Don’t let the fact that “Meet the Patels” is a documentary conjure up some highly intellectual snooze fest that sends you running because this one is loaded with entertainment value. “Meet the Patels” features the hilarious actor Ravi Patel, who played Amir on NBC’s “The New Normal,” on a quest for true love and appease his traditional Indian parents Champa Patel and Vasant Patel who are anxious for him to get married and start a family. As with so many first generation Indian-Americans, western marital customs of love-based marriage of his American peers clash with that of eastern customs of his Indian parents who want him to have an arranged marriage. Things are complicated from the start because he has fallen in love with a redhead from Connecticut named Audrey and chose to break up with her after two years of dating and hiding it from his parents who he believed would disapprove of his relationship to a non-Indian girl. The breakup sets the stage for the documentary as Ravi spends his last year of his twenties playing out the “what if” scenario by letting his parents, who were products of an arranged marriage, take the lead on finding him a wife by Indian tradition.
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TRAILER: “Meet the Patels”
(click here to view directly on YouTube)
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We literally “Meet the Patels” on an annual family trip to Gujurat region in India where the name is from. According to Ravi’s father Vasant, the first note of protocol is that Patels marry other Patels. He even makes light of the fact that there’s a chance they could be related; however unlike in America, Patel is more representative of India’s caste system and regional significance. Ravi’s father Vasant and mother Champa create Ravi’s biodata which is a resume that, like a male peacock shows his feathers, highlights Ravi’s most marketable traits. The two have their own strategies which Champa priding herself being the matchmaker in at least a dozen arranged marriages. Over the course of the year we see Ravi explore matchmaking across the US and in India via India’s wedding season, an annual matchmaking convention, and online dating. To further complicate things, Ravi still has feelings for Audrey and is forced to gamble on his parents’ reaction despite all of their effort to find him what an Indian wife.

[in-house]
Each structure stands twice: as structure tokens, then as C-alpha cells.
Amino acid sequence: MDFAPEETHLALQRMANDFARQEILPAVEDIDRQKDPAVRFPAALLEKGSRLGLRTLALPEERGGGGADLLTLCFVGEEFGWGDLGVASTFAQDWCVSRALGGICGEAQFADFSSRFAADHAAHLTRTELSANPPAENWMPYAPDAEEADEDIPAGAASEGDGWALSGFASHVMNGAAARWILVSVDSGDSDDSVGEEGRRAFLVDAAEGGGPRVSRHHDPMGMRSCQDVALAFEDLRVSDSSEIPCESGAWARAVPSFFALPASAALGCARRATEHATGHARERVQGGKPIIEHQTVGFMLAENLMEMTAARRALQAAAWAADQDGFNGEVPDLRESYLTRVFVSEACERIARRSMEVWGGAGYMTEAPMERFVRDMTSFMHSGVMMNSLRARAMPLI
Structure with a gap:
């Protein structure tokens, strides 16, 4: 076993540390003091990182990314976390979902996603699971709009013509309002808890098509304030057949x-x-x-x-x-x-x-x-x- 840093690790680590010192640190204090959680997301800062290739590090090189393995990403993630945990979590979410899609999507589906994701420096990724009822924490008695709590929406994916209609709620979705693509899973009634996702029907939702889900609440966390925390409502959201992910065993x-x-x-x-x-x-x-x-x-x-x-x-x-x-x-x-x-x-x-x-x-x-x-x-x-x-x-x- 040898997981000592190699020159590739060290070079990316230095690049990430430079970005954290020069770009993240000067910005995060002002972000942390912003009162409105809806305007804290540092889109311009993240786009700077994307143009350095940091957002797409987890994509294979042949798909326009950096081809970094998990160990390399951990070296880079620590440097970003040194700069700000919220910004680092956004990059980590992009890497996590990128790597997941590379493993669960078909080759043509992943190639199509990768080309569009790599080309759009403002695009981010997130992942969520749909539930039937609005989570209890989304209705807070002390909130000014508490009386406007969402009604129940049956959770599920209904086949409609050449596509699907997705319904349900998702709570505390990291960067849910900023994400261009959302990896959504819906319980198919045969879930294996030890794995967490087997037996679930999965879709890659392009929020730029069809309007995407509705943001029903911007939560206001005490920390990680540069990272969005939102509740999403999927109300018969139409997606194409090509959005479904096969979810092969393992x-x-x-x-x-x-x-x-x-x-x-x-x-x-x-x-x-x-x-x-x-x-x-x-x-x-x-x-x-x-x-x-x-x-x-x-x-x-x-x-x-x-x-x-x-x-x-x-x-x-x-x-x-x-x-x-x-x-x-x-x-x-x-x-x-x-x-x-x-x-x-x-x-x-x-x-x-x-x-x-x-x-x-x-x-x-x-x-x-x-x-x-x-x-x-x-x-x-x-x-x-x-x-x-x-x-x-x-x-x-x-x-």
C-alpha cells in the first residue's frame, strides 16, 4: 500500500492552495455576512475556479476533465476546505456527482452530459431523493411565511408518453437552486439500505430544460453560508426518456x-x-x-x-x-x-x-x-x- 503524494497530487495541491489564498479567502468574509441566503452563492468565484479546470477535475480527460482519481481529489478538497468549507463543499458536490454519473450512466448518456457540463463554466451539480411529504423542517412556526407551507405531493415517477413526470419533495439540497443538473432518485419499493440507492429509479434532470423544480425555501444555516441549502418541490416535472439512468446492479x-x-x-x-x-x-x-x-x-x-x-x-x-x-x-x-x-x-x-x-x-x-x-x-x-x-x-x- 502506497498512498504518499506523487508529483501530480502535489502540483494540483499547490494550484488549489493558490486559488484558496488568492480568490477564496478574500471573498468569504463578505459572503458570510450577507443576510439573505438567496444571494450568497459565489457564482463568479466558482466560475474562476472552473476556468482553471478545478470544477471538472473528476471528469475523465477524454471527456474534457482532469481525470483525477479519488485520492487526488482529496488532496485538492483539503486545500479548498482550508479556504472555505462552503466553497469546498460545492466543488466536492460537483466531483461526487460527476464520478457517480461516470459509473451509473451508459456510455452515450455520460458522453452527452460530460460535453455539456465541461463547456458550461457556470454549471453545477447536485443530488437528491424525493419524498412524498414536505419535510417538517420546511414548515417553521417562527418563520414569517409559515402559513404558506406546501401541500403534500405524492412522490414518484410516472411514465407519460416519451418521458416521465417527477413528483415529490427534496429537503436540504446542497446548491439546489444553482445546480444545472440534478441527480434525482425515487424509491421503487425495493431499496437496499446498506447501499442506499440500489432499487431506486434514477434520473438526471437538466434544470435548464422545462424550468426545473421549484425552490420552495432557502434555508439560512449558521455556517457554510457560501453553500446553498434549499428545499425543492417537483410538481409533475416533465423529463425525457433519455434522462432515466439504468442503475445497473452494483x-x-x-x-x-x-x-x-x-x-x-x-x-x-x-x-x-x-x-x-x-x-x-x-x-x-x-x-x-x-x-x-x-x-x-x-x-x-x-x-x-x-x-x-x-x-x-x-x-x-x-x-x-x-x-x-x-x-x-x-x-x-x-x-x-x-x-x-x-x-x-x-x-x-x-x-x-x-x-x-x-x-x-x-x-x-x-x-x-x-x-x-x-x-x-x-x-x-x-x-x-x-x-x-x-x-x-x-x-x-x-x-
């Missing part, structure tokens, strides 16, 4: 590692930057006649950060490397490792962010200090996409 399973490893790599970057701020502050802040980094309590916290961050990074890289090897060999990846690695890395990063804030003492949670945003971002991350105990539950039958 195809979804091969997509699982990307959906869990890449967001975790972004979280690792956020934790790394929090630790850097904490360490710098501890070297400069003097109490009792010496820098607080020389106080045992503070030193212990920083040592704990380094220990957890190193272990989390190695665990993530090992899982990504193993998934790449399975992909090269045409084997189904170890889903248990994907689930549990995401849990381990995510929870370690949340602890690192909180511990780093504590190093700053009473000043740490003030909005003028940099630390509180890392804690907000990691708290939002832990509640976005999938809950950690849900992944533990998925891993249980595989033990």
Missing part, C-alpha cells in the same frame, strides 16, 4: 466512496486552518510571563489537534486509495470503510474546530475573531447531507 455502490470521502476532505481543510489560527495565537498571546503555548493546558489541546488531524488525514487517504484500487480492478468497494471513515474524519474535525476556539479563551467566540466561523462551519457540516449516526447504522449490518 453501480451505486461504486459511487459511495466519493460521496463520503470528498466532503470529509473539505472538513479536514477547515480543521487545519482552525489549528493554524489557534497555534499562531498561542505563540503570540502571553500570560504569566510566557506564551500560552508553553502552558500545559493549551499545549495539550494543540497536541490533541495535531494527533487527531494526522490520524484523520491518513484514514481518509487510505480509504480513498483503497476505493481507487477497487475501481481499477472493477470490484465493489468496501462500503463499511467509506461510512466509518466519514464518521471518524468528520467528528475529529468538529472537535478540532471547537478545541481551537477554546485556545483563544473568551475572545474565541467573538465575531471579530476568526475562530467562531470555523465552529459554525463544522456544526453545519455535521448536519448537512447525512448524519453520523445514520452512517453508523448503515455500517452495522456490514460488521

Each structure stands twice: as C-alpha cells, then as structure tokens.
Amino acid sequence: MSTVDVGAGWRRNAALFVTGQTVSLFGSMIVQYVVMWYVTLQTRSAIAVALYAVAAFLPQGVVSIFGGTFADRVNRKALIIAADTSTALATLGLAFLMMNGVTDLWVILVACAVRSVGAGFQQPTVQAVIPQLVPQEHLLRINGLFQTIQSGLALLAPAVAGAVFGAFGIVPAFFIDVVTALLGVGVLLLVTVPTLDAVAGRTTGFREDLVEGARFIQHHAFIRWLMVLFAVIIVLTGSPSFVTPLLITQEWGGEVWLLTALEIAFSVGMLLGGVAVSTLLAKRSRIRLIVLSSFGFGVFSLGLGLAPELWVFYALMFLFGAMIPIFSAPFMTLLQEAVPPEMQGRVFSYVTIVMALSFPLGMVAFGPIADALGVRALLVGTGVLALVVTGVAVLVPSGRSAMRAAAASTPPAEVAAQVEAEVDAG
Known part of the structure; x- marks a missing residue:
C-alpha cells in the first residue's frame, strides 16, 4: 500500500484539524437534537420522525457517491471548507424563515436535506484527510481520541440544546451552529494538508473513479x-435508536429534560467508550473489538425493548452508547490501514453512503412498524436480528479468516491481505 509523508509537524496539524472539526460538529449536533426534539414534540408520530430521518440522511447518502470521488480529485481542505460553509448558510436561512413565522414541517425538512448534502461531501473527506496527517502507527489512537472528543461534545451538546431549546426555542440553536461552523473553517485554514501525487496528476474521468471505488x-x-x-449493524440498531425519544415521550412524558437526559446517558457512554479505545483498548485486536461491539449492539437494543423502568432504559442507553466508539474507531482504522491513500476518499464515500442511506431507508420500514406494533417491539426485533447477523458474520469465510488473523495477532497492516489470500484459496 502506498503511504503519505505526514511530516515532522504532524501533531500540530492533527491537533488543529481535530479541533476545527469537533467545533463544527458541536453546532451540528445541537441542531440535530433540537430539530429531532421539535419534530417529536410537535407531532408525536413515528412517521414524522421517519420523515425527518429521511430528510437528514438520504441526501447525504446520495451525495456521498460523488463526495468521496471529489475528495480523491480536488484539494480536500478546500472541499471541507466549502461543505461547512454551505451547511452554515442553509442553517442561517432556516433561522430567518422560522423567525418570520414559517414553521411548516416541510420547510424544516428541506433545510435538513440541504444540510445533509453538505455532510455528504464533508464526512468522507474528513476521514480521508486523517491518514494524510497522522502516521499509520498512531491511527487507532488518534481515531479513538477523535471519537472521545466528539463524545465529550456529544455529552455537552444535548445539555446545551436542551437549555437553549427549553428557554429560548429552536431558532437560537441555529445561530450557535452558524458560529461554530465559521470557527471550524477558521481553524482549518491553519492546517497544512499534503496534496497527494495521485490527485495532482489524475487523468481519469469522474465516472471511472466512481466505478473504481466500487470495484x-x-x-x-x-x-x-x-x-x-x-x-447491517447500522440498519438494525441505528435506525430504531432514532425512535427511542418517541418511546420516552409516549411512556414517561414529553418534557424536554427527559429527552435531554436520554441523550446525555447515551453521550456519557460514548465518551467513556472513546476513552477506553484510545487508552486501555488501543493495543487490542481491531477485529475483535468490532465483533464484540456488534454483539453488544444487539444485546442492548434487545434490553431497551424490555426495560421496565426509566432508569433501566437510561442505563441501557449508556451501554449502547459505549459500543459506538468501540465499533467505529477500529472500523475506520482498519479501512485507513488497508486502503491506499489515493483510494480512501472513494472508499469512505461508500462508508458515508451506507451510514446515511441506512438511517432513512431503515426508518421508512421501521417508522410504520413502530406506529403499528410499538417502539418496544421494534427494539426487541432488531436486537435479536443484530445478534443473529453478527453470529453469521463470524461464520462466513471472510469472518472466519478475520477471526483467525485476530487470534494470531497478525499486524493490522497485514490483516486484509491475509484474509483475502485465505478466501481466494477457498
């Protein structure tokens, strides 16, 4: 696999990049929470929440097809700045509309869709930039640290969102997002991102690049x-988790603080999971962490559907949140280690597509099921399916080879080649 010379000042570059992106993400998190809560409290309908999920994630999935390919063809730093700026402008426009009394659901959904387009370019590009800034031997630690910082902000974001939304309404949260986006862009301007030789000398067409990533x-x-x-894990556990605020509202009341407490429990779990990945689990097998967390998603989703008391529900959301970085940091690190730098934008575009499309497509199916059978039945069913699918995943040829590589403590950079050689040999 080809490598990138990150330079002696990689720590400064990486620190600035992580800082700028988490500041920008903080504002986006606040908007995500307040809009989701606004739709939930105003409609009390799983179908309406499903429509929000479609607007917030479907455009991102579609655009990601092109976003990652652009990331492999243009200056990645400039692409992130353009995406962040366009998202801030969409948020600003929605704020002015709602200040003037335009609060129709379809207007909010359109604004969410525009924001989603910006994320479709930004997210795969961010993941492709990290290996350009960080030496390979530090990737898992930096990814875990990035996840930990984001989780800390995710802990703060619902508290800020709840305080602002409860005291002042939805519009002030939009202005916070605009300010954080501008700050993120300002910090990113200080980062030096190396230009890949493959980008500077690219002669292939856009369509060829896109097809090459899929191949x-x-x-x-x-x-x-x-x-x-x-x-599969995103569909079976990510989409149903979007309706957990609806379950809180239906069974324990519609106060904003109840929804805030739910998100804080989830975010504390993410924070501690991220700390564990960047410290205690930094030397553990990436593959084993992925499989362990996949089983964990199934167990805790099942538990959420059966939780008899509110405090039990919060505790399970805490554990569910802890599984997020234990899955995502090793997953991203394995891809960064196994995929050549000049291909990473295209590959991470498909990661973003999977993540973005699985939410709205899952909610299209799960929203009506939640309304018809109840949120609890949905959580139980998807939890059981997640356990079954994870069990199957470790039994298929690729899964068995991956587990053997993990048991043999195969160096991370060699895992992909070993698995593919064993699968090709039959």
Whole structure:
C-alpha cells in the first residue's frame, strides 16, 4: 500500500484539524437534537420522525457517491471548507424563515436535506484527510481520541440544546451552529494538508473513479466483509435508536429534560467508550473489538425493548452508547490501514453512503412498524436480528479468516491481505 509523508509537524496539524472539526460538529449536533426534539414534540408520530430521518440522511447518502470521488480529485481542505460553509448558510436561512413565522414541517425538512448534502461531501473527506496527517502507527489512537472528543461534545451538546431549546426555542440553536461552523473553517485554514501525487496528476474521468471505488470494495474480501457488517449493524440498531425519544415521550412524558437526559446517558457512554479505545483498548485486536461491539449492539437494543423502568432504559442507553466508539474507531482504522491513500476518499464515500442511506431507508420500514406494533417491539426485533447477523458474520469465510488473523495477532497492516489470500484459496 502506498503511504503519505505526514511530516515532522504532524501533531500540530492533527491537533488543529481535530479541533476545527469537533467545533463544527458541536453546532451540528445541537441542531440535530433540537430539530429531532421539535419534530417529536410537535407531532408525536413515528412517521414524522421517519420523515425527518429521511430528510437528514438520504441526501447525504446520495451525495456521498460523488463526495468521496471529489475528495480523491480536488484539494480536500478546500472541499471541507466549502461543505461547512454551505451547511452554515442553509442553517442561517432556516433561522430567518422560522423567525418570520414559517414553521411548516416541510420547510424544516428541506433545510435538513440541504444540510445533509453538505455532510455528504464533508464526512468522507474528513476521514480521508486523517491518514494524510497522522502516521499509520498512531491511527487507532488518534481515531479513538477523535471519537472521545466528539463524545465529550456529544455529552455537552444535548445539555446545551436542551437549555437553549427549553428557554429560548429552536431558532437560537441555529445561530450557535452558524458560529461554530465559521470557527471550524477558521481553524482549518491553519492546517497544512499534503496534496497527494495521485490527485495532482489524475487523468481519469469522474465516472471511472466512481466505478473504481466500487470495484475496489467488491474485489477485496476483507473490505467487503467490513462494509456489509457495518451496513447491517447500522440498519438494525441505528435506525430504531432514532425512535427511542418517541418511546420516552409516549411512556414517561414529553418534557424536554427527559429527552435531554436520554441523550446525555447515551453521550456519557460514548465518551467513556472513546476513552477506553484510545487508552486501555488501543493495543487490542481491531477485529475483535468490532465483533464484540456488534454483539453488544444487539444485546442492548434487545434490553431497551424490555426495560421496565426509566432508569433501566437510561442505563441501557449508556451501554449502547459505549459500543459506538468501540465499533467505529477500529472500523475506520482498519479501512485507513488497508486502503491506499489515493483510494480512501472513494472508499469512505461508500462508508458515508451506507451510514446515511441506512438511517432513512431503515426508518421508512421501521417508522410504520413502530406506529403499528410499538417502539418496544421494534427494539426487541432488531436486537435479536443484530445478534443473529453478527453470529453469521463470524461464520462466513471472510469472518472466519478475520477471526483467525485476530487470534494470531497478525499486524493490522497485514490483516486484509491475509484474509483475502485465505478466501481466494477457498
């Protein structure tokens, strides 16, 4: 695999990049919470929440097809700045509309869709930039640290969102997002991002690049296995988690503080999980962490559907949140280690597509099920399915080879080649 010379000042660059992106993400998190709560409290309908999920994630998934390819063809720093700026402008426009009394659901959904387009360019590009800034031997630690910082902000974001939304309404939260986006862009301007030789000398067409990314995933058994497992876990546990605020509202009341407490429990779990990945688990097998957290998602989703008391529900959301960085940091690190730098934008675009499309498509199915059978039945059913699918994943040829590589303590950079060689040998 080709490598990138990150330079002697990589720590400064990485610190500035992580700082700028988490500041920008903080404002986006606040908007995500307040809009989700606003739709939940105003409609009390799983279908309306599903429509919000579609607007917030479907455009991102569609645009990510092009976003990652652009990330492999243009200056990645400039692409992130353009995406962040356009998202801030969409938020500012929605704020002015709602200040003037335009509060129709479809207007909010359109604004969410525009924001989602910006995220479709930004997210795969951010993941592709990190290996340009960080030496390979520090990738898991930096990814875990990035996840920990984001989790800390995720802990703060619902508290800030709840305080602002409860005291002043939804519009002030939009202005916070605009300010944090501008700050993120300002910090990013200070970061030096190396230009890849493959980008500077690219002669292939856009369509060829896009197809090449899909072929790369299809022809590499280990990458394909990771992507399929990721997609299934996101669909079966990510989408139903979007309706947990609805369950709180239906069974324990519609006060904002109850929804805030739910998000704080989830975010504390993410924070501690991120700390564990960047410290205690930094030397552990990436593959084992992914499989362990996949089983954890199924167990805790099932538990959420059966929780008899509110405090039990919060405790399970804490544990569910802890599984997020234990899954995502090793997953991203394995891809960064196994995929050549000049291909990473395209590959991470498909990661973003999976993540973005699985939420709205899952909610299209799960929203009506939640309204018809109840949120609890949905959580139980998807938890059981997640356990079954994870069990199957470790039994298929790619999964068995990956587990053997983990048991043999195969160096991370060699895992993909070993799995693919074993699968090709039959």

Filmed by Ravi’s sister Geeta Patel, the documentary contains occasional black and white animation sketches throughout to compensate for openly admitted poor filming technique. To some it may be distracting, but I found that it added to the tone of levity brought to the very real issue of clashing marital traditions.
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SLIDESHOW: Photos from “Meet the Patels” at Milwaukee Film Festival
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“Meet the Patels” was funded by PBS and is currently awaiting a distribution deal. For now, it is being shown in the film festival circuit. I saw it at the 2014 Milwaukee Film Festival on a night were Ravi’s parents Vasant and Champa were in attendance along with much of the extended Patel family. Vasant and Champa participated in a Q&A after the screening I saw on September 29 that contained some revelations of life after the documentary was completed.
For more information about “Meet the Patels” visit www.meetthepatelsfilm.com, like the Facebook page, and follow @MeetThePatels on Twitter. For more information about the Milwaukee Film Festival, go to mkefilm.org and use/search the hashtag #MFF2014 on social media.
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- The Wall Street Journal– ‘Meet the Patels,’ arranged marriage 2.0 in America
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- Variety– Film Review: ‘Meet the Patels’
- Examiner.com– Indian & Indian cultures meet in comical documentary ‘Meet the Patels’